W3C home > Mailing lists > Public > w3c-wai-ig@w3.org > October to December 2000

Re: Politics: Strict Guidelines Considered Harmful

From: Steven McCaffrey <SMCCAFFR@MAIL.NYSED.GOV>
Date: Sat, 16 Dec 2000 11:45:13 -0500
Message-Id: <sa3b55d3.041@MAIL.NYSED.GOV>
To: <marti@agassa.com>, <kynn@idyllmtn.com>, <jim@jimthatcher.com>, <chas@munat.com>, <w3c-wai-ig@w3.org>
Hello all:

    Thanks, Marty, exactly the same sections I was going to excerpt.
I think the bottom line in all things accessible, is to try your best to limit accessibility barriers, follow the guidelines as strictly as you can, and, most importtantly, validate with real human users.  Automated tools and compliance claims are great, but what is the real impact of your design?
Just one small example.  Still my screen reader, now version 3.31 of JFW does not render the "Cups of Coffee..." table example as coded.  It is interesting to note that it says there that screen readers "might" render the table as indicated.  As far as I know, no existing screen reader does.  Would I prefer designers not to mark up tables as indicated there?  No, because I hope someday all screen readers will render properly marked up tables as indicated.  I guess this is more of a call to screen reader developers to improve there rendering of properly marked up tables.
Does anyone have a screen reader that renders the table as indicated?
Another minor aside, when I bring the Coffee table example into MS Word, it makes much more sense because it happens, thanks to HJ, they have included excellent table reading in Word tables.
So, even though IE 5.0/JFW 3.31 (not the latest version I know, but remember backwards compatibility) does not render tables the way I would like, I still would like designers to become familiar with proper structural markup, if only to become more clear about the difference between structure and presentation, which is, I would say, the main point for accessibility.   Although... one must be careful about this distinction.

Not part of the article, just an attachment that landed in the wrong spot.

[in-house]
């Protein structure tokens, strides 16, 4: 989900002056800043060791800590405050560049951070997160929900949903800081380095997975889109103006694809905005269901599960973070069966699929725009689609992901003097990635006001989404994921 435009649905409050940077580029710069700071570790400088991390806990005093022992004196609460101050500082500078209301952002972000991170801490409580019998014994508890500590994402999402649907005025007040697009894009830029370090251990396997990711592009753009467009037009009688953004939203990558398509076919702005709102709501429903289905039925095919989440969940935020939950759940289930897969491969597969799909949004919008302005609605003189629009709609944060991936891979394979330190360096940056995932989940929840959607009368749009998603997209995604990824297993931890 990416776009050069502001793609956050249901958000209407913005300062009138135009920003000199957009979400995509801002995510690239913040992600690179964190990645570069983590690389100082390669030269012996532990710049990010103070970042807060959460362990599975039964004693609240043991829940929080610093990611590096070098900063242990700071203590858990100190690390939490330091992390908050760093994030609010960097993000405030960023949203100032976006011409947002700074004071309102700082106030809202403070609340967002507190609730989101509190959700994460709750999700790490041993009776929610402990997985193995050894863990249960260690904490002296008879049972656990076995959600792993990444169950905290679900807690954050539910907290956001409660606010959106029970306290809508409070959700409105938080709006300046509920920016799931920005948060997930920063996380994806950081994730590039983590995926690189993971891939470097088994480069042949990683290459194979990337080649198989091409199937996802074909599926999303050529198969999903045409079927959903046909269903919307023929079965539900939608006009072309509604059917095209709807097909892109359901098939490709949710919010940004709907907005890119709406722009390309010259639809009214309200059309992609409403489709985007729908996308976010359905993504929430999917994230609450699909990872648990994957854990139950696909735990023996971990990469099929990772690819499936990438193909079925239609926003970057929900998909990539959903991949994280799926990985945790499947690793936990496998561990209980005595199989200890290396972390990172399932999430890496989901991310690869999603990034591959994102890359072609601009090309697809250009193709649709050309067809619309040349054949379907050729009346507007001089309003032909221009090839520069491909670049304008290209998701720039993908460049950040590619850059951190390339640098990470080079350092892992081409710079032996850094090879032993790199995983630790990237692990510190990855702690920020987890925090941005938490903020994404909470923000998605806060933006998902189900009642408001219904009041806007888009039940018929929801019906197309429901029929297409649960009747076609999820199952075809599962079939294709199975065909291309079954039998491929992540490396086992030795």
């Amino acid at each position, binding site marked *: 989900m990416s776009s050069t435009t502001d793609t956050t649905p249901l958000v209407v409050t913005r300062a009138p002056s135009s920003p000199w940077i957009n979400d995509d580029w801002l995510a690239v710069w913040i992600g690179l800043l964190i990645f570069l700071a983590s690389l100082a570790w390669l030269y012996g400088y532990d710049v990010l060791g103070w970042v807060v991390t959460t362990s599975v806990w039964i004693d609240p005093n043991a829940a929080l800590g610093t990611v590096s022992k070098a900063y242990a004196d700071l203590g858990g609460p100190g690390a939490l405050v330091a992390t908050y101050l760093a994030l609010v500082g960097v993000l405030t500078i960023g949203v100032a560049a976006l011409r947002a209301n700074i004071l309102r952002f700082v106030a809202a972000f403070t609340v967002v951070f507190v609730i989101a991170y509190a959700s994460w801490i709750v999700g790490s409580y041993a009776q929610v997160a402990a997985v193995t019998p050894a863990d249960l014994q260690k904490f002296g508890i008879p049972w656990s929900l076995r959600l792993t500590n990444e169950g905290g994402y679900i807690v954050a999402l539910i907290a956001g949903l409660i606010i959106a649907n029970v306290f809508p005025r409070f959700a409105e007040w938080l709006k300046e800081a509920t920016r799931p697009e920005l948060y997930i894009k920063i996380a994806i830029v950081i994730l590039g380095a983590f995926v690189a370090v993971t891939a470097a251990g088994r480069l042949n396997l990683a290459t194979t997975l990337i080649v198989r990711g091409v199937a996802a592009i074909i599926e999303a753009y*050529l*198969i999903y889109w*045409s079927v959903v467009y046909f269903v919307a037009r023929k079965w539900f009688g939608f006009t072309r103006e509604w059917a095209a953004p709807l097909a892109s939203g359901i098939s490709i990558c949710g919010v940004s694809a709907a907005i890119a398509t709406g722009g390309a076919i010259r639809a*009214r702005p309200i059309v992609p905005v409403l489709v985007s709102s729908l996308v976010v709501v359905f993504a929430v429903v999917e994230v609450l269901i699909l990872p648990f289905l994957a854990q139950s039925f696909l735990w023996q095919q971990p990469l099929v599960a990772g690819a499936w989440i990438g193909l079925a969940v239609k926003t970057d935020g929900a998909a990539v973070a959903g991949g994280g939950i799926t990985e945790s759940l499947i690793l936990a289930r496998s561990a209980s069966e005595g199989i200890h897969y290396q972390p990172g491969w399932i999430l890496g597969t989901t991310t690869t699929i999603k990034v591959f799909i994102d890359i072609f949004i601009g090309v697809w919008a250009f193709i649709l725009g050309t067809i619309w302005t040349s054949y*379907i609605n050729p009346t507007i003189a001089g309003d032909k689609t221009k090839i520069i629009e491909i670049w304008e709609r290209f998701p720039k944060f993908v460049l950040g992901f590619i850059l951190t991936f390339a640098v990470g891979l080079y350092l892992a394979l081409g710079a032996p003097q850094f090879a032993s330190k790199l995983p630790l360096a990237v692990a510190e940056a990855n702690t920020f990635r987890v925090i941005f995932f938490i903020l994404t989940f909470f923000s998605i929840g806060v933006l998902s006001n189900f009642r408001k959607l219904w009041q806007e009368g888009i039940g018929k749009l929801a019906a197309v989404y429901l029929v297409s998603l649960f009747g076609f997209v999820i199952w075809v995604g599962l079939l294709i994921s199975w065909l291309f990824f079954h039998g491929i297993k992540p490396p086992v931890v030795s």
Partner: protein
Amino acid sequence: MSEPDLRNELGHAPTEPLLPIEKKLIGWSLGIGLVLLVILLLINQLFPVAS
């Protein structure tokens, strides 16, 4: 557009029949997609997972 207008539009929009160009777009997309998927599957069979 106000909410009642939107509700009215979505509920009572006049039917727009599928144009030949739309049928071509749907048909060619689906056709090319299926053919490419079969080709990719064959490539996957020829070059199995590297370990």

For a non-reader (picking up on another thread), an icon or picture is not "presentation", but rather "content" since it "says" (i.e. conveys meaning) to the visitor.  One person's presentation is another's content?  The way around this possible dilemma is the "serves the same purpose" test coverred very well in the guidelines.
That's my 2 cents.
-Steve

 
 


Steve McCaffrey
Senior Programmer/Analyst
Information Technology Services
New York State Department of Education
(518)-473-3453
smccaffr@mail.nysed.gov
Member,
New York State Workgroup on Accessibility to Information Technology 
Web Design Subcommittee 
http://web.nysed.gov/cio/access/webdesignsubcommittee.html


>>> "Marti" <marti@agassa.com> 12/16/00 09:58AM >>>
Whew! Given the temperature of this rhetoric, it really could be a political
discussion.

While
(3.3)"Use style sheets to control layout and presentation" is certainly a
clear statement,  I can't help but wonder how you square it with
(11.1)"Use W3C technologies when they are available and appropriate for a
task and use the latest versions when supported."
Suppose, for a moment, that I was somehow able to create pages based purely
on CSS for layout and presentation such that they looked 'right' in the
latest versions of IE and NN.  Further, by some miracle they are ok without
CSS too!  Now, what am I supposed to do about all those 'partial'
implementations of CSS?
From the legal standpoint it appears,to me, that you could drive the
proverbial truck through the loophole(s) in 11.1.
Can any checkpoint be read as a stand alone element, or should they be
viewed in the larger context of the whole document?
Marti
Received on Saturday, 16 December 2000 11:47:38 GMT

This archive was generated by hypermail 2.2.0+W3C-0.50 : Tuesday, 19 July 2011 18:13:50 GMT